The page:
Kevin Daley

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Kevin Daley
Medal record
Men’s Basketball
Representing  Panama
Centrobasket
Bronze medal – third place 2004 Dominican Republic Team

Kevin "Special K" Daley[1] (born October 7, 1976) is a Panamanian former basketball player for the Harlem Globetrotters. He also played on the Panama national team.

Early life[edit]

Daley was born in Panama City.[1] He grew up in Los Angeles County,[1] and graduated from Artesia High in Lakewood, California.[2]

College career[edit]

Daley played as a freshman for Nevada. However, he grew homesick and transferred to the University of California, Los Angeles (UCLA). After sitting out a year, he played as a sophomore for the Bruins in 1997–98. Unhappy with the limited playing time he received, he transferred again to Azusa Pacific University.[2] Daley led the Cougars to the NAIA Final Four, and earned the Conference Most Valuable Player honors in 2000.[3]

Professional career[edit]

He played overseas in Australia, Taiwan, the Netherlands and for the Panamanian national team before joining the Harlem Globetrotters after they saw him play in a 2004 summer league.[4] During the team’s 2005 World Tour, Daley played as a dunker and Showman.[5]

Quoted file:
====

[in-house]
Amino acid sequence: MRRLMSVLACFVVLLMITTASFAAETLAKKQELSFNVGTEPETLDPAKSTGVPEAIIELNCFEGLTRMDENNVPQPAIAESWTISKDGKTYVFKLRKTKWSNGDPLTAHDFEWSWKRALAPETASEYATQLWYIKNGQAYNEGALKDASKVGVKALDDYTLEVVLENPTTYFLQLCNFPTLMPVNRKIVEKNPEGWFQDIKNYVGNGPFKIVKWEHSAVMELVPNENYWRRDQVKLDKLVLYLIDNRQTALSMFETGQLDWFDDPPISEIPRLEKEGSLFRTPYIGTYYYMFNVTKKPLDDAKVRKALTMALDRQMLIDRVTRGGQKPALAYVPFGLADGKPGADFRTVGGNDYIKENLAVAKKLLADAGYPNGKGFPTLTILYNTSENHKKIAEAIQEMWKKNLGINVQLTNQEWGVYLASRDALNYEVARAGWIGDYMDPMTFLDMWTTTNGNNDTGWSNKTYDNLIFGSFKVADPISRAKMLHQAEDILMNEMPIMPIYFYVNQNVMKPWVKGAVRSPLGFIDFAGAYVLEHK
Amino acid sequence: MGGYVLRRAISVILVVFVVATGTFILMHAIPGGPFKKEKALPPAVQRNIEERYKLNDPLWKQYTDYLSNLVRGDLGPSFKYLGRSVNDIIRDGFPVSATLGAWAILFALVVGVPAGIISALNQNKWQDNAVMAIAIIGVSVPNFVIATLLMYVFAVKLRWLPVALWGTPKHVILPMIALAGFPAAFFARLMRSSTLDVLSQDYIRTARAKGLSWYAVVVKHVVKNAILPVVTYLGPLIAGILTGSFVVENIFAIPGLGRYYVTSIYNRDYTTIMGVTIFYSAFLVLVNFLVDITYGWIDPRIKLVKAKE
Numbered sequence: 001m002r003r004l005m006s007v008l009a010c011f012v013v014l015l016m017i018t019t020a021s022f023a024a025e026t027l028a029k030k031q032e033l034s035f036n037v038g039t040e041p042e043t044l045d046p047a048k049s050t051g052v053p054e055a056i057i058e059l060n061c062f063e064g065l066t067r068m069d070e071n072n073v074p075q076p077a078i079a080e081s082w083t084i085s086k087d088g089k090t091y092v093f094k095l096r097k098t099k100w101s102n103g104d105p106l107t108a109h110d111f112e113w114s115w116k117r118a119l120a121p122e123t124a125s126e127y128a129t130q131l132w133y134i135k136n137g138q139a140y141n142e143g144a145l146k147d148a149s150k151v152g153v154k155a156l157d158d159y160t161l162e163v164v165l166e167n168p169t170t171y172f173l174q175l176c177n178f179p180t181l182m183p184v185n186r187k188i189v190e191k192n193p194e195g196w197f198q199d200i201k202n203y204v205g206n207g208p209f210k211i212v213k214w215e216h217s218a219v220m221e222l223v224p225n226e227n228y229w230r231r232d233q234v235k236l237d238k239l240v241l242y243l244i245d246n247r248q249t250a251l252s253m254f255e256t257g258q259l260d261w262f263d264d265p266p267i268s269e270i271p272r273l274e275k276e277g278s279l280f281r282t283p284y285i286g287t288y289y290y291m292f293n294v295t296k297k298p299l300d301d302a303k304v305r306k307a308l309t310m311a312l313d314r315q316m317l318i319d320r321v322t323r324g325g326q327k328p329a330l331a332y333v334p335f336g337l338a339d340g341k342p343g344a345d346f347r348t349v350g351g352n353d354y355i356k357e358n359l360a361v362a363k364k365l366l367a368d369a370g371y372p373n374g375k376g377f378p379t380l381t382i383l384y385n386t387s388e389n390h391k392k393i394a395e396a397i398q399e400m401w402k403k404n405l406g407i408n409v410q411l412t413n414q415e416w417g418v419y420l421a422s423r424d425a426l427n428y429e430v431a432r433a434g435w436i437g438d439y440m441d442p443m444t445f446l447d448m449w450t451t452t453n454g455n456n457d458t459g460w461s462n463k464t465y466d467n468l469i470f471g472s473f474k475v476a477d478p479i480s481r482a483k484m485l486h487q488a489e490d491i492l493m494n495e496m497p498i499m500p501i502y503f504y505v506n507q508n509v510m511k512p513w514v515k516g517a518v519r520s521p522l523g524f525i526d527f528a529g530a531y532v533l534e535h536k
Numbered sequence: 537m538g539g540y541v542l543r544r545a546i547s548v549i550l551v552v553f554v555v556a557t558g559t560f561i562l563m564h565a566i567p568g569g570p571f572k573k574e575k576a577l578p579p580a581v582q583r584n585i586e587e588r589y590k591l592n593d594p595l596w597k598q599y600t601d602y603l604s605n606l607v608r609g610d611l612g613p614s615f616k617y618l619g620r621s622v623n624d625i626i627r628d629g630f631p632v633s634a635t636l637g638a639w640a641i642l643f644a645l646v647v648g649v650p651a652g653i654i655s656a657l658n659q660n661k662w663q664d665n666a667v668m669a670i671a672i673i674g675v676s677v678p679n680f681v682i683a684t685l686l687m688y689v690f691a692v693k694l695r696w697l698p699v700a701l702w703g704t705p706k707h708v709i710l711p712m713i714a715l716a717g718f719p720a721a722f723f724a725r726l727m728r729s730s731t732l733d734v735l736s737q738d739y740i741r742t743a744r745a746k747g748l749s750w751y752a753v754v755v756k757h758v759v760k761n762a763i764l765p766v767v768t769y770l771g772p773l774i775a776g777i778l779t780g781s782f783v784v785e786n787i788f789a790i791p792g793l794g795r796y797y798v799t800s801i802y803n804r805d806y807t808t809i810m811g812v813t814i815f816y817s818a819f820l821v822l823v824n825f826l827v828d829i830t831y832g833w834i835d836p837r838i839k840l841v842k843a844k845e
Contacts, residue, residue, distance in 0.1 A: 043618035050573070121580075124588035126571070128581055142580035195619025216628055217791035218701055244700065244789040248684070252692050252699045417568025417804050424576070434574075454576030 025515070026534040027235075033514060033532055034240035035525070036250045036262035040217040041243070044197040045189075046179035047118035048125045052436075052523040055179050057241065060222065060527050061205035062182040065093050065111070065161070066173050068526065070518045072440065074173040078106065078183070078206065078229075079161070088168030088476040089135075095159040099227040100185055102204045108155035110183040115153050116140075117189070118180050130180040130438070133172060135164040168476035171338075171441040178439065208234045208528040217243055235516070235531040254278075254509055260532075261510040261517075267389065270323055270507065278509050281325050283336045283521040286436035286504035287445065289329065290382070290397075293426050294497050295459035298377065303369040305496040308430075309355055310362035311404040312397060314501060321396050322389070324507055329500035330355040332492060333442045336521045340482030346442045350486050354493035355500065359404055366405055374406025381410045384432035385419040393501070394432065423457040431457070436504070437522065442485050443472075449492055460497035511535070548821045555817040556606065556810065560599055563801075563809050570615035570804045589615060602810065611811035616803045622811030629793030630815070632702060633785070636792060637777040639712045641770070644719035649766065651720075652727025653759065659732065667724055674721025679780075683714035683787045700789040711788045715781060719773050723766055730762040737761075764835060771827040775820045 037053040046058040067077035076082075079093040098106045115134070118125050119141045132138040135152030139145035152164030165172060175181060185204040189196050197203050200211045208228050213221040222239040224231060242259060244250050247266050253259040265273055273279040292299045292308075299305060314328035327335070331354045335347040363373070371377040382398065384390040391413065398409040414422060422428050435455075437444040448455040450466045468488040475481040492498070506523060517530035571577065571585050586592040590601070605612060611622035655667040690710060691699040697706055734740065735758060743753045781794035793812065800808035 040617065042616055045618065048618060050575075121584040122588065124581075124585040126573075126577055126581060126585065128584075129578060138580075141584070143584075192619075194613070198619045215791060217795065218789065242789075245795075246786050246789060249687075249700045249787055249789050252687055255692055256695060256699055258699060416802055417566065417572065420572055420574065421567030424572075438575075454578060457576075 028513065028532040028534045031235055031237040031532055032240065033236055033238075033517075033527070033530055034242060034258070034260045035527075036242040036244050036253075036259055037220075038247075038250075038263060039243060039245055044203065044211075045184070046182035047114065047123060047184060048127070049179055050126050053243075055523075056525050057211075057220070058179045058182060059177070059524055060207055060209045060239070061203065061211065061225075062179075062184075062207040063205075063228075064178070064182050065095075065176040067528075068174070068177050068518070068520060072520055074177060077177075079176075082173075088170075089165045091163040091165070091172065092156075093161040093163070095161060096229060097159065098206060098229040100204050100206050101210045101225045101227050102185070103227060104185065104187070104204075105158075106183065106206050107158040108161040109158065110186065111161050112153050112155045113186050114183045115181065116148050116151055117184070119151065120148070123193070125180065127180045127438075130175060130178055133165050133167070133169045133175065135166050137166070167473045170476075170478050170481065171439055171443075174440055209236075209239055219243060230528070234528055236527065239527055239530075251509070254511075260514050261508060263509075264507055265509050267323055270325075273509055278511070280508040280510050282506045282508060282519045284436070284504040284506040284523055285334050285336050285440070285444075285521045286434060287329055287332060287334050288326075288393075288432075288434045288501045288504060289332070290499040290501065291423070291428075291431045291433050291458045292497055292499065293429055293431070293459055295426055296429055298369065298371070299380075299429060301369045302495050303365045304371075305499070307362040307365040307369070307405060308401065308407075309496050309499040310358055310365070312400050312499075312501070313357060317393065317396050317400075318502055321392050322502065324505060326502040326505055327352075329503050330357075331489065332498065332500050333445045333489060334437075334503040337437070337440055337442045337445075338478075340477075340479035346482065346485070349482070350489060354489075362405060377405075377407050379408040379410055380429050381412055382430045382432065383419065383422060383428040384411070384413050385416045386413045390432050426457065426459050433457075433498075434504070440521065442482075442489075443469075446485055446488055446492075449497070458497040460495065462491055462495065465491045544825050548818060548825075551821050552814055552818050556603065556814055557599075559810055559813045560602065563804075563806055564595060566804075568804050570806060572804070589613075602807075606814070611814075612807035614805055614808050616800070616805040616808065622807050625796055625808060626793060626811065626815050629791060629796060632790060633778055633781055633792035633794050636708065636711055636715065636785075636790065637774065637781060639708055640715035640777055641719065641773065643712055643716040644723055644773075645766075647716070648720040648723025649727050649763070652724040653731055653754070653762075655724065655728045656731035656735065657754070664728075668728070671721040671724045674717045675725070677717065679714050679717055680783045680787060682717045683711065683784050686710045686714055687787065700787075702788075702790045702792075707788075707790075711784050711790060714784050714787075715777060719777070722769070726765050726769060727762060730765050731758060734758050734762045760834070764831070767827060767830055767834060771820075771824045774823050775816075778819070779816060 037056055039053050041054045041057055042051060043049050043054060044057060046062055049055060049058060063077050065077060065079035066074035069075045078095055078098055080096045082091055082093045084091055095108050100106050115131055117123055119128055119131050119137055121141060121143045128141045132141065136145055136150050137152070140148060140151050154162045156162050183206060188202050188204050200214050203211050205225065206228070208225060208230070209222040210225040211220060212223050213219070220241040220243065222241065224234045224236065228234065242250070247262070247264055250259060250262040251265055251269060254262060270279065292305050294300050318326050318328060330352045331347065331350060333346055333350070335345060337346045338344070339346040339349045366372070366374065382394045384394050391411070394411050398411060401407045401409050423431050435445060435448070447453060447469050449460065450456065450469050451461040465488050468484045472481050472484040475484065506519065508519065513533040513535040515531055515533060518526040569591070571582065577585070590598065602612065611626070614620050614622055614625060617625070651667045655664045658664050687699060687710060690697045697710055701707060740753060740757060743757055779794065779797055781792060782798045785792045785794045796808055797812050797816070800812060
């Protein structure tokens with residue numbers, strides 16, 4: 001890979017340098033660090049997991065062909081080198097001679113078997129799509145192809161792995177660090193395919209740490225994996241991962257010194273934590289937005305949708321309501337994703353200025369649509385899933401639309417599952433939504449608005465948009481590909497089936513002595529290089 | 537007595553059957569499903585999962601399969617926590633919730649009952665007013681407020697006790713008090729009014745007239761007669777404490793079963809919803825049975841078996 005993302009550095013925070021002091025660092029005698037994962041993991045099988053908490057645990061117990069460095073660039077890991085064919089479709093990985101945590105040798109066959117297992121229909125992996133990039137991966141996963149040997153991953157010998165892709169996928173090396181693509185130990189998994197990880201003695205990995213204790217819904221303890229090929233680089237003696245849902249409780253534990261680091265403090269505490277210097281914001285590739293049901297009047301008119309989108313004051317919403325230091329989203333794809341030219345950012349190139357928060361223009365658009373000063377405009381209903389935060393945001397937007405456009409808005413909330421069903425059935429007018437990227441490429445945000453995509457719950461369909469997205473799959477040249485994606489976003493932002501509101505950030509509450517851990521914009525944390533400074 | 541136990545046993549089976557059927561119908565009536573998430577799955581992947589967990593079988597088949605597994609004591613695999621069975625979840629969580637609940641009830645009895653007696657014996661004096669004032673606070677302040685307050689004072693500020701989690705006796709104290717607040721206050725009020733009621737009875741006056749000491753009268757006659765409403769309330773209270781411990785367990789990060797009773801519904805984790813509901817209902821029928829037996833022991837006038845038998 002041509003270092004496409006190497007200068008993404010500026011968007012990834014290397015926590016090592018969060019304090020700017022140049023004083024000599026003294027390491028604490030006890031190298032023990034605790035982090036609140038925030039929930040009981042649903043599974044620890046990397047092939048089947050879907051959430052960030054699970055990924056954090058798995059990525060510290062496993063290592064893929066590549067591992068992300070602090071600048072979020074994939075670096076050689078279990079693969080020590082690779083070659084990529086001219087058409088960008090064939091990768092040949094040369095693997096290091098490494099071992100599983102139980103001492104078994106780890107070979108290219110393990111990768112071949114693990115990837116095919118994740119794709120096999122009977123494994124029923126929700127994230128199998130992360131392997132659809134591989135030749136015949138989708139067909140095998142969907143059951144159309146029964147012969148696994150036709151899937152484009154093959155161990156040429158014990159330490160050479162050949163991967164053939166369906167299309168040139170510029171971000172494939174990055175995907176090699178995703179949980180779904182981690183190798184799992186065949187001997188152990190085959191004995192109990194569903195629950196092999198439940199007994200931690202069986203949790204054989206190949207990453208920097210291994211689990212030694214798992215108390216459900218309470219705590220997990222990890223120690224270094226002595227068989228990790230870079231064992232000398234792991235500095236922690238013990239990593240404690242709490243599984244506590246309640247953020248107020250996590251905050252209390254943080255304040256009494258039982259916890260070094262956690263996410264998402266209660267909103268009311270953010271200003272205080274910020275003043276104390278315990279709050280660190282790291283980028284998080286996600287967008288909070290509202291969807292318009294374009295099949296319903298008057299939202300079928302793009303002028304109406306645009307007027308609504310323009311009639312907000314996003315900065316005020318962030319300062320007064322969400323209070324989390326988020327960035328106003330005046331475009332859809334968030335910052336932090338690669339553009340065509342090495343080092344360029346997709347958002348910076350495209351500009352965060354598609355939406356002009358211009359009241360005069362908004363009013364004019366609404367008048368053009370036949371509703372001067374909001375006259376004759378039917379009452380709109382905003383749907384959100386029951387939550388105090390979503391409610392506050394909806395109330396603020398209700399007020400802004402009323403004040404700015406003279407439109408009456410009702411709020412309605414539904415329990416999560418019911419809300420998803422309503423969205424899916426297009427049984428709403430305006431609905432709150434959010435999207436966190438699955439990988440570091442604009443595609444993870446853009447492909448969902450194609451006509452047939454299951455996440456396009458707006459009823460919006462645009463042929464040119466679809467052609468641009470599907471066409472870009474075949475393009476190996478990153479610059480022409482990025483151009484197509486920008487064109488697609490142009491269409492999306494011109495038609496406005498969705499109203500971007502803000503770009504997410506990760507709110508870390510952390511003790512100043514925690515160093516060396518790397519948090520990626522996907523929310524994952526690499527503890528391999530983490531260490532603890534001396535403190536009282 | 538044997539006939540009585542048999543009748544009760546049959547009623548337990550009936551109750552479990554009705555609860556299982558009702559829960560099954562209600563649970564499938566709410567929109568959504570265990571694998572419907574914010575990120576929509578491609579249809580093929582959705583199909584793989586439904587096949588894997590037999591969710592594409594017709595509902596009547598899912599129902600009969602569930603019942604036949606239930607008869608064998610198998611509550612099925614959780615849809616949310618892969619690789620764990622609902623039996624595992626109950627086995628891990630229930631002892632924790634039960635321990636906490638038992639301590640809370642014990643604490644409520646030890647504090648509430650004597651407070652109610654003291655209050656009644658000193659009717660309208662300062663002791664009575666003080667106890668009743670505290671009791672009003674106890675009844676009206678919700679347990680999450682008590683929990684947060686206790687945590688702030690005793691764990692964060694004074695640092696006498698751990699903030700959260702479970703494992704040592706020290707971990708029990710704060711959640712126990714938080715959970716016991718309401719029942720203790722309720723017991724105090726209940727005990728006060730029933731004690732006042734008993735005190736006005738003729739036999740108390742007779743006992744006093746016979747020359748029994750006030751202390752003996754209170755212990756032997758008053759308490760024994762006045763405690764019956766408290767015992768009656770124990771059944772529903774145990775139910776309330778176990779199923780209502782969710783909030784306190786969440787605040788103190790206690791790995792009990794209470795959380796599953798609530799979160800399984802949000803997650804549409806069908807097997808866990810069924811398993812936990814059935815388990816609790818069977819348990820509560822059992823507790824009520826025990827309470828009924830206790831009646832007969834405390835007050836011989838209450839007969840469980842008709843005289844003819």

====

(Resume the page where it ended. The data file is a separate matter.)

After basketball[edit]

In 2007, Daley became an American citizen. He also received a Sociology degree from Ashford University in 2010. Since retiring from basketball Daley has written an autobiography called “I Never Stopped Smiling”, and delivered speeches based on it, as well as working as a sales manager for Velocity Global.

Michael Jordan's double[edit]

Daley was a body double portaying a young Michael Jordan in the Gatorade 2002 commercial "23 vs 39", in which a Bulls-era Jordan takes on his Wizards-era counterpart in a game of 1-on-1. The spot makers interposed a CGI reproduction of a young Jordan onto Daley's body and face in post-production.[6]

References[edit]

  1. ^ a b c Jenkins, Chris (February 13, 2005). "Red, white...and still true". The San Diego Union-Tribune. Retrieved September 18, 2018.
  2. ^ a b Moe, Scott (February 5, 2000). "Daley Affirmation: He Can Play". Los Angeles Times. Archived from the original on October 17, 2015.
  3. ^ Reid, Dixie. "From here, they'll trot the globe". The Sacramento Bee. Archived from the original on 2008-01-28.
  4. ^ Special K Daley. Retrieved 2010-02-12.
  5. ^ Wertheim, L. John (March 30, 2009). "Still Crazy After All These Years". Sports Illustrated. Retrieved September 18, 2018.
  6. ^ Neel, Eric (January 16, 2003). "MJ's ready for his close-up". ESPN.com. Archived from the original on June 14, 2018.